In California, Uber was among the gig economy players that in 2020 bankrolled a new law, Proposition 22, that allowed the companies to avoid making workers employees, instead giving them limited benefits such as minimum earnings and some provisions for healthcare.
Costs to cover Prop 22’s expenses had mostly been passed to customers, said Uber’s chief financial officer, Nelson Chai, with no impact on demand.
John Zimmer, Lyft’s co-founder and president, suggested the Prop 22 playbook would be emulated. “I’m optimistic we’ll have a few more success stories on bringing this model to more states this calendar year,” he told investors.
But a recent survey, conducted by Tulchin Research in conjunction with union groups, suggested that as many as 85 per cent of app-based drivers had not made use of the healthcare benefits introduced by Prop 22, whether through not reaching the hours-driven threshold, not knowing enough about the plan, or simply not wanting what it offered.
Controversially, Uber has now removed some additional control it bestowed on California drivers — such as setting the price of fares — that it had used to argue its workers had more independence over how they work. The company is also looking at removing or altering the ability to see the trip destination before accepting, a feature that made the service less reliable because of drivers’ cherry-picking, Uber said.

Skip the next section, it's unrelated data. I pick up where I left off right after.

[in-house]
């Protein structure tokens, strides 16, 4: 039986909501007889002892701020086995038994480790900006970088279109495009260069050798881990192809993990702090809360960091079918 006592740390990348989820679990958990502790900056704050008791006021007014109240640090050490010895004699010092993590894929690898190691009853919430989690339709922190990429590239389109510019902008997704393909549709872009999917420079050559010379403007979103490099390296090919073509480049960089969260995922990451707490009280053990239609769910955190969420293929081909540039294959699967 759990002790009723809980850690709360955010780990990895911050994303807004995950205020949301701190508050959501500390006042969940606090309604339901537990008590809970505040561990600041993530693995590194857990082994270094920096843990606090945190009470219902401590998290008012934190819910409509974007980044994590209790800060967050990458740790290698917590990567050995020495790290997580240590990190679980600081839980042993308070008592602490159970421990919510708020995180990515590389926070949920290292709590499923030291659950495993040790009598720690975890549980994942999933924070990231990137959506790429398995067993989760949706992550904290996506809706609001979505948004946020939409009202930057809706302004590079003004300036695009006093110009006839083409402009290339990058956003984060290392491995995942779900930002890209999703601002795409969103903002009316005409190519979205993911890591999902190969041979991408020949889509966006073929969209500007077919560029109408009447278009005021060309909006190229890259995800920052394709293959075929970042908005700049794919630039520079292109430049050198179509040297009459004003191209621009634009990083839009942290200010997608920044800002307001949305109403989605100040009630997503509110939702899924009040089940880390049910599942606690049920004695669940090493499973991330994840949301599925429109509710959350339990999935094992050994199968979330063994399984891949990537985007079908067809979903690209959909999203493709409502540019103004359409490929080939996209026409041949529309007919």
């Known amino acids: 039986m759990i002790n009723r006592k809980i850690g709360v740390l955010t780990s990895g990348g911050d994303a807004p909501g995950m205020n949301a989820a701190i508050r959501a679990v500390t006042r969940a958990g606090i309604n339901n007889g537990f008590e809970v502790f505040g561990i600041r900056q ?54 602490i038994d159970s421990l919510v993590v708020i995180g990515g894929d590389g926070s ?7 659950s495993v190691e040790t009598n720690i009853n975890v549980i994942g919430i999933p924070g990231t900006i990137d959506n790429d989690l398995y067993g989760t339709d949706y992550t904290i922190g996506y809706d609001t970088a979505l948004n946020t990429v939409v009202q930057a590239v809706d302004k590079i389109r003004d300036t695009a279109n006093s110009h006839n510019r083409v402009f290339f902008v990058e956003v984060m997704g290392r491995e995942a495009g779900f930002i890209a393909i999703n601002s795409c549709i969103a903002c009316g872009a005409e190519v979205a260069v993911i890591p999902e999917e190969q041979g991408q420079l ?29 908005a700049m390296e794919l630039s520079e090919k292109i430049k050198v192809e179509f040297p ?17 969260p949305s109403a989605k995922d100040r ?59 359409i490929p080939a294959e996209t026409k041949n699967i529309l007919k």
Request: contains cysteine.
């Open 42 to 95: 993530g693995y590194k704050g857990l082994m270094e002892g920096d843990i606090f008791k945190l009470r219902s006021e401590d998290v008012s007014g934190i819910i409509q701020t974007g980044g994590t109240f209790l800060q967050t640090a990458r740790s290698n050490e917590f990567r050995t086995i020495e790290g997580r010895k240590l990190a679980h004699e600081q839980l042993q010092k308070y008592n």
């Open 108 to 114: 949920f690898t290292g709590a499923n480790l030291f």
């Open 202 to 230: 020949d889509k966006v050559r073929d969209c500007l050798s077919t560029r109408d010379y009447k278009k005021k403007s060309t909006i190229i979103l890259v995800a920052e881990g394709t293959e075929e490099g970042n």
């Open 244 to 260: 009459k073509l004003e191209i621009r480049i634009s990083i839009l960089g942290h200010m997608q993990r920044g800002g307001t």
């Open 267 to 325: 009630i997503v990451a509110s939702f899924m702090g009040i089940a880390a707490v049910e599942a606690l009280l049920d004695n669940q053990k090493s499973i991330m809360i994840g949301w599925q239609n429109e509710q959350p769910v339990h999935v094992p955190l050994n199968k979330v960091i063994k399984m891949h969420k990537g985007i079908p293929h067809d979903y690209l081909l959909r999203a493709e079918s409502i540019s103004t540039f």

“The history of what happened with Prop 22 in California provides a lot of lessons for workers’ advocates who are fending off such initiatives now in other states,” said Liss-Riordan. “The gig economy sold Prop 22 to the California voters as somehow in the interest of the worker, which is just a lie.”
Uber said: “Voters overwhelmingly passed Prop 22 because it’s what drivers actually wanted: flexibility with benefits. And in just the first three months since Prop 22 was implemented, Uber alone paid out tens of millions of dollars to drivers and delivery people in the form of new earnings guarantees, healthcare subsidies, and accident insurance.”